Medicare & Medicaid

Advocacy in action: Leading the charge to reform Medicare pay

UPDATED . 4 MIN READ

The Medicare payment system is on an unsustainable path, threatening patients' access to physicians.

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The AMA is your powerful ally, focused on addressing the issues important to you, so you can focus on what matters most—patients.

The system’s growing financial instability is due to a confluence of fiscal uncertainties physician practices face related to the pandemic, statutory payment cuts, lack of inflationary updates and significant administrative burdens. 

Medicare physician payment has effectively been cut 30%, adjusted for inflation, from 2001–2024. The Medicare physician payment system lacks an adequate annual physician payment update, unlike those that apply to other Medicare provider payments (PDF).  

2024 Medicare updates compared to inflation chart

A continuing statutory freeze in annual Medicare physician payments is scheduled to last until 2026, when updates resume at a rate of 0.25% per year indefinitely, well below inflation rates. 

A JAMA Health Forum study found that it costs an estimated $12,811 and more than 200 hours per physician, per year to comply with the Medicare Merit-Based Incentive Payment (MIPS) system and, to date, there have been very limited options for physicians to move towards value-based Medicare Advanced Alternative Payment Models (APM).

The discrepancy between what it costs to run a physician practice and actual payment combined with the administrative and financial burden of participating in Medicare is encouraging market consolidation and threatens to drive physicians out of rural and underserved areas. 

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Reforming Medicare physician payment means putting the patient back in the center of health care. That’s why it is a top priority of how the AMA is fighting for physicians, and why the AMA is working to block payment cuts, advocate for physicians and patients and build long-term solutions. 

It is urgent that Congress work with the physician community to develop long-term solutions to the systematic problems with the Medicare physician payment system and preserve patient access.  

Congress needs to establish a permanent, annual inflationary Medicare physician payment update that keeps up with the cost of practicing medicine and encourages practice innovation.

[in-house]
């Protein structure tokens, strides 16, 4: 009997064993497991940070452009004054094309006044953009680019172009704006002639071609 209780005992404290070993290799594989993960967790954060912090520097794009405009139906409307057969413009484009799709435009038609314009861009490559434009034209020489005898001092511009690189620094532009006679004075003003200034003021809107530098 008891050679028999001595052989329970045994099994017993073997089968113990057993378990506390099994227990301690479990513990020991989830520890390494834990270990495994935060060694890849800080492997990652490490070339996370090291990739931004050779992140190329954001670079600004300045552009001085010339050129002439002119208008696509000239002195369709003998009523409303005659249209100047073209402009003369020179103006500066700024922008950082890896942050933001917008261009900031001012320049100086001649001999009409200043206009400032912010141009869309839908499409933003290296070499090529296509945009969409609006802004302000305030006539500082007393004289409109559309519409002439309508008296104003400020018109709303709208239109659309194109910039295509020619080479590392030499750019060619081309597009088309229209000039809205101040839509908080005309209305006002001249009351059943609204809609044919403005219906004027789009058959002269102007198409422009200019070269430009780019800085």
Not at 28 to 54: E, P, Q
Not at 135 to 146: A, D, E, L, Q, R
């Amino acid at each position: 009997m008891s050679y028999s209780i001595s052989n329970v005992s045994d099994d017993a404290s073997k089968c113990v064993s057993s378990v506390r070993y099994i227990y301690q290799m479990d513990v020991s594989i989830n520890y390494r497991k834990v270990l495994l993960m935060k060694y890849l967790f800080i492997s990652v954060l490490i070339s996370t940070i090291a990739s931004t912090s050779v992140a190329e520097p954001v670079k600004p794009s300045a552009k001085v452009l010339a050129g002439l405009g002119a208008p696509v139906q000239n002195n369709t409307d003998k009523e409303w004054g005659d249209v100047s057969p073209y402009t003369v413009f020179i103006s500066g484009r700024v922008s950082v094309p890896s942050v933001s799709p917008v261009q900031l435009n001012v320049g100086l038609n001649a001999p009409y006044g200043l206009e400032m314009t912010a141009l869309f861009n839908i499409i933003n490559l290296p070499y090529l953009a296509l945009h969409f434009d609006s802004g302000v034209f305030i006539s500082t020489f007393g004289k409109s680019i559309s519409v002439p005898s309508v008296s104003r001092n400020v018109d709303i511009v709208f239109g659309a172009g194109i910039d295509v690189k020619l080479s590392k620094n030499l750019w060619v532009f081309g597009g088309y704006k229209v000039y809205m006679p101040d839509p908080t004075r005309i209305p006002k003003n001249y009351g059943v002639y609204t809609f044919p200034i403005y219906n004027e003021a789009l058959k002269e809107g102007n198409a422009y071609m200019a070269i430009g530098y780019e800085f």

Budget-neutrality policies need to be revised to:  

  • Prevent erroneous utilization estimates from causing inappropriate cuts. 
  • Clarify the types of services that should and should not be subject to budget neutrality adjustments. 
  • Raise the projected expenditure threshold that triggers the budget neutrality adjustment, which has been in place since 1992. 

The performance and reporting programs in Medicare’s MIPS are based on outdated legacy programs and the four components largely function independently and are noncohesive. They are burdensome and often lack clinical relevance. Policymakers should work with the physician community and other stakeholders to develop ways to reduce the administrative and financial burden of MIPS participation and revise reporting programs to ensure its clinical relevance to patient care. 

The AMA has: 

  • Developed a set of principles (PDF) supported by more than 120 other medical societies to guide advocacy efforts on Medicare physician payment reform.
  • Achieved consensus across medicine to pursue four pillars of Medicare payment reform:
    • Establish an annual inflation-based payment update for Medicare physician payments.
    • Revise policies and processes used to adjust payments to maintain budget neutrality.
    • Simplify and improve the clinical relevancy reporting programs under the Merit-based Incentive Payment System.
    • Extend policies that support practices wanting to transition to value-based payment systems.

The AMA is: 

  • Supporting legislation (H.R. 6683) that would completely eliminate the 3.37% Medicare physician payment cut that went into effect on Jan. 1.
  • Supporting legislation tying annual Medicare physician payment updates to the Medicare Economic Index of practice cost inflation, which was introduced as H.R. 2474 on April 3.
  • Supporting legislation (H.R. 6371) to revise budget neutrality policies to mitigate inappropriate payment schedule conversion factor cuts and minimize revenue instability.

Visit AMA Advocacy in Action to learn more about the advocacy priorities the AMA is actively working on.

The AMA works to generate support for policies critical to the nation’s health care system—and we can’t do it without your help. Learn more about ways to get involved with AMA advocacy.

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